Anonymous asked a question:
So I’m taking an honors world history class taught by an atheist teacher and we’re learning about evolution and it’s really really testing my faith. Honestly I don’t know what’s true right now. My theology isn’t the greatest because I’ve only accepted Christ for two years now. I’m just now finding it hard to believe in the Bible and God right now.
Hey dear friend, thank you for sharing this with such honesty.
The truth is, every single type of belief system will eventually get shaken somewhere. When this happens, we can 1) investigate deeper into what we really believe, and 2) incorporate the new information into our beliefs somehow.
We each experience a kind of cognitive dissonance when our worldview is shaken. It can actually make you disoriented, nauseous, and depressed. Sometimes it’s from learning more about the world, or it’s from a terribly brutal tragedy, or it can be a very persuasive argument that uses flowery language. And these experiences will inform our theology and philosophy, and vice versa. But none of this has to be a threatening, stomach-punching trauma.
While we’re certainly going to feel what we feel, we can still explore this new information in light of what we currently know, and then navigate a way through it. It’ll be tough, and you may be scared or surprised by your conclusions, but it can actually make you a more thoughtful, whole person, too.
For me, I simply don’t buy into “faith versus science.” I don’t buy into this binary war between religion and reason. I grew up an atheist with supposedly liberal leanings, and then went to a hyper-conservative Baptist seminary, and I can safely say that both sides of the spectrum have many worthwhile truths and values. There’s a lot more overlap than we like to think.
I know plenty of wonderful Christians who hold to evolution and biblical allegorization and open theology. I know very passionate Christians who run the entire range of politics and doctrinal positions. What matters to me is that they love Jesus and love people. We major in the majors; the extra stuff is extra.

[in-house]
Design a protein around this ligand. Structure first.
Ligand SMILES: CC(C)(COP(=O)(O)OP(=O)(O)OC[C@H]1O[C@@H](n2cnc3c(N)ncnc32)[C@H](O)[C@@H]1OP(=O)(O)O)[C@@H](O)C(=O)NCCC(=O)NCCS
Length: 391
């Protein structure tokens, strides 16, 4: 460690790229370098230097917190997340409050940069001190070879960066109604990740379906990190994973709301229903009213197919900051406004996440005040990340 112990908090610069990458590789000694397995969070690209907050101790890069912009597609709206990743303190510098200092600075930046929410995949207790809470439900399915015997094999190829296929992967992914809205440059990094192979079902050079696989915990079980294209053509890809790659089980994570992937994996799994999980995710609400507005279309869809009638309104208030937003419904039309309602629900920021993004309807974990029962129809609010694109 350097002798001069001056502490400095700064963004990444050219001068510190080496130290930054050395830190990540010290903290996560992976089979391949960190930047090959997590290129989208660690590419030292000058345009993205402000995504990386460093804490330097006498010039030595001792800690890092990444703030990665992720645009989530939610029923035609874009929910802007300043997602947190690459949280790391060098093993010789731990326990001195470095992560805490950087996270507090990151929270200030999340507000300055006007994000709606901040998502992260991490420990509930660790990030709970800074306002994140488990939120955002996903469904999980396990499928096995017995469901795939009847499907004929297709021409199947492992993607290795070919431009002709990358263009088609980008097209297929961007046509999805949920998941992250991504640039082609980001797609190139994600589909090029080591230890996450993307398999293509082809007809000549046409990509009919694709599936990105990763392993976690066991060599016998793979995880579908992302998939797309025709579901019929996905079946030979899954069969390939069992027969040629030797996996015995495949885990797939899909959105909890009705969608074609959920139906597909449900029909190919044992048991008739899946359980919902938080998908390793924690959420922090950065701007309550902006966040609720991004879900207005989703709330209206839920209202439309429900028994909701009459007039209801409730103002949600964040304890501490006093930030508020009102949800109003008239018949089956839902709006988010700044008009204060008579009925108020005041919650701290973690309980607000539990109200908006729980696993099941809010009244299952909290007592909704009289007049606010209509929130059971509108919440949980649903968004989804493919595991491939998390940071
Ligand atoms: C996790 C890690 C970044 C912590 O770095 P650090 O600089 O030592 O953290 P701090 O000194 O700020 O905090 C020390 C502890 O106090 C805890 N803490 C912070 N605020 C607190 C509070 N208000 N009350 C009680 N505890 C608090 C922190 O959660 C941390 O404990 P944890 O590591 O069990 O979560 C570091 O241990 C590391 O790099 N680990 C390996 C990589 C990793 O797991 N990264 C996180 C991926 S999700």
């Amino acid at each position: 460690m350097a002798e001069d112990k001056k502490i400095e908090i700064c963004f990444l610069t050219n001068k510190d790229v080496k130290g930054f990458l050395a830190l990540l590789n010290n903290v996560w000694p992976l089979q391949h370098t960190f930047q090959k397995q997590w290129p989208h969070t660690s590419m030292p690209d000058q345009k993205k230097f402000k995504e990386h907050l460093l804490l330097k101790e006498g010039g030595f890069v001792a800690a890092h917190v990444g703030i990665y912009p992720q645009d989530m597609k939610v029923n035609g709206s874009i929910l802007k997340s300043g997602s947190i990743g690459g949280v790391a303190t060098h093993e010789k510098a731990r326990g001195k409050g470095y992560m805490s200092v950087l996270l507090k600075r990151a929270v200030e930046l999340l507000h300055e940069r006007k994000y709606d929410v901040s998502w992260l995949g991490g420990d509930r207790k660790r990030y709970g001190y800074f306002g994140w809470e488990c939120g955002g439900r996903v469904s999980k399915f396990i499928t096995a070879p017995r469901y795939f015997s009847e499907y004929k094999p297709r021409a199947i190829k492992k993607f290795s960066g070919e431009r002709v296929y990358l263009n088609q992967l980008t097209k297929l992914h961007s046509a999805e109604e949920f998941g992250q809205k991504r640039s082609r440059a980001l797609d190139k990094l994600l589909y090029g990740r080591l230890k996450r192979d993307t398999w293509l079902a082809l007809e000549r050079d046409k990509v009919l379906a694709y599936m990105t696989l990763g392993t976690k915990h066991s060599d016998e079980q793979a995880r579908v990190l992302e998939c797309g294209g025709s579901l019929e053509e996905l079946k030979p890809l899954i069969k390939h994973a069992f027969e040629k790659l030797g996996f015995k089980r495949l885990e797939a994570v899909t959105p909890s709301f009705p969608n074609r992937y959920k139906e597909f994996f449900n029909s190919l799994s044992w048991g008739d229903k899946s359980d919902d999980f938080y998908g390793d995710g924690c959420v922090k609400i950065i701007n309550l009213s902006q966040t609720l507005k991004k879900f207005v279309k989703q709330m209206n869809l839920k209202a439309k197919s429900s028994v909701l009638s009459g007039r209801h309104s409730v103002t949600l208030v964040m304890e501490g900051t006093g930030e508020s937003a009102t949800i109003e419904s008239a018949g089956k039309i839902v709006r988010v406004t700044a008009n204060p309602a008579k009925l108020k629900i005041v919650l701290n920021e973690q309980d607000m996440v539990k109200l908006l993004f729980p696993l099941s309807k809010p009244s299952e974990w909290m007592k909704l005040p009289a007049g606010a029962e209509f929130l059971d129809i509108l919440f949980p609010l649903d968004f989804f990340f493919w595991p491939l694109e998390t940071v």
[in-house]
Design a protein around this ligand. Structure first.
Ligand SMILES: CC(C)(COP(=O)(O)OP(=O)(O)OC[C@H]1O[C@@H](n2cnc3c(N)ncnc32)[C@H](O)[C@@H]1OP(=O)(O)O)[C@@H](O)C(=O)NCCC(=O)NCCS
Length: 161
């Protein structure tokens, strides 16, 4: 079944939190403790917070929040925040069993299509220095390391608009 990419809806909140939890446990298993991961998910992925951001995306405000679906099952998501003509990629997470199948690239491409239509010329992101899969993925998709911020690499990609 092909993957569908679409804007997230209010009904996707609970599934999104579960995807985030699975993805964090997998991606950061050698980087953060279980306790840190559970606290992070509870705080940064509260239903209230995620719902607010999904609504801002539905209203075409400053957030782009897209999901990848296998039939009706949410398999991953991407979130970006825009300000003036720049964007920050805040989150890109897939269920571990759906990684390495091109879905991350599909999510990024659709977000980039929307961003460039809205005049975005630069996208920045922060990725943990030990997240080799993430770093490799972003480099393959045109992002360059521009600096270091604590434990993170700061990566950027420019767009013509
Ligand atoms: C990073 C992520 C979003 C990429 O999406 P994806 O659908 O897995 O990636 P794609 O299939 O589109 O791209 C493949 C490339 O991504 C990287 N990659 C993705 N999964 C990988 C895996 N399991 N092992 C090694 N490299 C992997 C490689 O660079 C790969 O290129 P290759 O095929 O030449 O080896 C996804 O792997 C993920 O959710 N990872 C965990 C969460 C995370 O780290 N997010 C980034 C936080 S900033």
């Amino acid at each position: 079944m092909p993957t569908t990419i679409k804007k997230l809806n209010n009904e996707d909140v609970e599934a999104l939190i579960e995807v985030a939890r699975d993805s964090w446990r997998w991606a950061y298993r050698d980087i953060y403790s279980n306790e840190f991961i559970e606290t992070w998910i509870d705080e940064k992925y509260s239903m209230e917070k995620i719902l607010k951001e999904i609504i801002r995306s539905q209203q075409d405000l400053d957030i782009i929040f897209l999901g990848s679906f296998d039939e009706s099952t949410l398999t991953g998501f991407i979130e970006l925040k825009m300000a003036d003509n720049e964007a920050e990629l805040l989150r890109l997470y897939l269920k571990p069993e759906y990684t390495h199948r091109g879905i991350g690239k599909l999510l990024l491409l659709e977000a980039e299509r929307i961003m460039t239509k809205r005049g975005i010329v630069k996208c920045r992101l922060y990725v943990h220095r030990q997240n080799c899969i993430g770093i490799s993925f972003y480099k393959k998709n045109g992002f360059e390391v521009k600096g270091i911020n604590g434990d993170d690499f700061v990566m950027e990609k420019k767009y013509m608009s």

Also please consider that nearly everyone, myself included, has some sort of proselytizing agenda, whether it’s from a professor or preacher or political party, or it’s from one spouse to another arguing about how to raise their kids. We each enforce our own worldview in obvious and subtle ways, and if you’re easily convinced into someone else’s persuasion, you can just as easily be convinced right out of it. It’s easy to be won over by presentation or vocabulary or charm, until we’re simply being jostled around between the more winsome slide-show.
What I mean is: When someone presents a very strong case for their view and you’re pulled in, please pause and back up and really meditate on what’s being said. Consider your own response, too, and why the appeal is so strong to you.
Please remember that the first time you hear something new is almost like “love at first sight” — we fall so easily for hormones and chemistry that we don’t explore the actual person. I say all this to inoculate you from the illusion of first feelings, so that we can use both our brains and hearts when we encounter something for the first time.
A last thing. What’s happening to you is what has happened to everyone in all of history. Nothing is new under the sun. When I was an atheist, I felt the existential pull towards the pulse of divinity. As a Christian today, I still feel the nihilistic grippings of a godless universe. We each doubt, and then we doubt our doubts. We each run into these “otherworldly panics” that press into our beliefs — but at the end of the day, I still find Christianity to be intellectually sturdy and existentially satisfying. That’s enough for me. Where ever you land, I pray that it will be enough for you, too.